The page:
The Swiss Federal Council ordered that schools be closed, no events take place with 100 or more and restaurants accommodate no more than 50 people, staff included.
I came in from a jittery city; the streets were emptier than they should have been, but a few tourists still wandered through Niederdorf. In the Cabaret Voltaire, bamboo in pots punctuated the performance space and a few people were seated around the edges of the room. Isabel Lewis was weaving around, unhurriedly, twisting her hands and her body as she went. There was a soundtrack, a low-key, repeated utterance. At some point Lewis stopped, and addressed us. She welcomed us and thanked us for coming out. This moment, she said, clarified that the idea of individuality is hard to sustain. We share environments and we share biological matter. What is the appropriate rational and bodily response to it? Lewis spoke, and moved. Periodically she paused, changed the music, reset the mood and continued.
She navigated us around the idea of eudaimonia, an aspirational state of happiness in doing things as well and virtuously as we can. She explored classical and Christian virtues. Approaching her audience, involving us, she sounded out kinds of love, taking us through Plato’s Symposium and the models of love the philosophers proposed there. Of Alcibiades’ unruly entrance and declaration of love for Socrates, (who, like Lewis, ‘transported, completely possessed’ those that listened to him).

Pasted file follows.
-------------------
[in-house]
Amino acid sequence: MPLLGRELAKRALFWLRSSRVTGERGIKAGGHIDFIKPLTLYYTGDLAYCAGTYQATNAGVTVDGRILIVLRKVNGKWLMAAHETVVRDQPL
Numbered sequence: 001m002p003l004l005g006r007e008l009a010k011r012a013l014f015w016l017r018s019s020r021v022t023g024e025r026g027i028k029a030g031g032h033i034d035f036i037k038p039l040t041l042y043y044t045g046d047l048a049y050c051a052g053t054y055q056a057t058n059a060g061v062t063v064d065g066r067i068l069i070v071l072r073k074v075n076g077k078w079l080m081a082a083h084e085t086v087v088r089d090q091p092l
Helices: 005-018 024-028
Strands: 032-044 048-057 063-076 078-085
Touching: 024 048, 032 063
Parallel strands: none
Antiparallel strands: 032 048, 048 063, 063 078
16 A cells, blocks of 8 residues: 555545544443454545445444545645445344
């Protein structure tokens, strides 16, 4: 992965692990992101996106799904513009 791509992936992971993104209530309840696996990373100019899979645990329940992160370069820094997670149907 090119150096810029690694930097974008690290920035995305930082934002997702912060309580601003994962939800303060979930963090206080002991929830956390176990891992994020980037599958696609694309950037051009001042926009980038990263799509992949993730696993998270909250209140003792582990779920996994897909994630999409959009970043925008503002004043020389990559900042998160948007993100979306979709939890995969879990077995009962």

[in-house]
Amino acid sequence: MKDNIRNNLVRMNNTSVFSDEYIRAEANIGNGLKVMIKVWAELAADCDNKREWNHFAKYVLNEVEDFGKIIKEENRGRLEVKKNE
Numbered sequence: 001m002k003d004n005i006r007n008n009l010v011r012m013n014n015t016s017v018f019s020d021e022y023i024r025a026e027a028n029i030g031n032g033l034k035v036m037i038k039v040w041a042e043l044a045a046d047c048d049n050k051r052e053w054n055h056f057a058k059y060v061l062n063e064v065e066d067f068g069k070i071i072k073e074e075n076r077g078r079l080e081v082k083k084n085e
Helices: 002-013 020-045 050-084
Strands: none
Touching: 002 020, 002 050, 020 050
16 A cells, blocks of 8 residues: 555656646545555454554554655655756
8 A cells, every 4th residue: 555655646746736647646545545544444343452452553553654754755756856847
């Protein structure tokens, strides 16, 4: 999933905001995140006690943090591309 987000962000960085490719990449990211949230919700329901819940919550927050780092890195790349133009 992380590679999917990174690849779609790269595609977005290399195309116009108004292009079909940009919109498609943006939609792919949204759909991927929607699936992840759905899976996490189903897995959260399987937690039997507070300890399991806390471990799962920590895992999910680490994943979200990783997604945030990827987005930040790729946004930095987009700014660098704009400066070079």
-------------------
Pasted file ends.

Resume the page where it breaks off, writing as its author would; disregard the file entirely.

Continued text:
And as we listened, we smelt. Smells concocted in collaboration with Sissel Tolaas, one representing the intellect, the other a quintessence of the bodily experience of Berlin’s Berghain club. We were given something to eat – some cheese on rye bread, I think, a scrap of roast onion hiding a little spike of lemon zest. The mood and music broke, Lewis’ movements became more fractured, violent. She shocked us, elicited concern. Throughout, I wanted to take notes, but more urgently I wanted to be mentally and physically, rationally and emotionally as present as I could be. We were Lewis’ audience and her guests, encountering a generosity I would scarcely have thought possible in a public venue.
Lewis words had a narrative arch, an arrow into the air, but I left after more than an hour, before it hit the ground. Back into the real world of a squabble with the people I love, the kind we’ll have lots of as we navigate these extraordinary circumstances.
The Swiss Federal Council ordered all restaurants, bars, fitness studios and places of entertainment, including museums and galleries, to close.
We planned to open Isabel Lewis' exhibition at Kunsthalle Zürich on 3 September, but in the meantime everything changed and it has been postponed. Dates will be published soon.
Images: Isabel Lewis, Occasion on the Topic of Love in the Time of Corona, Cabaret Voltaire 2020, photograph: Cabaret Voltaire, Gunnar Meier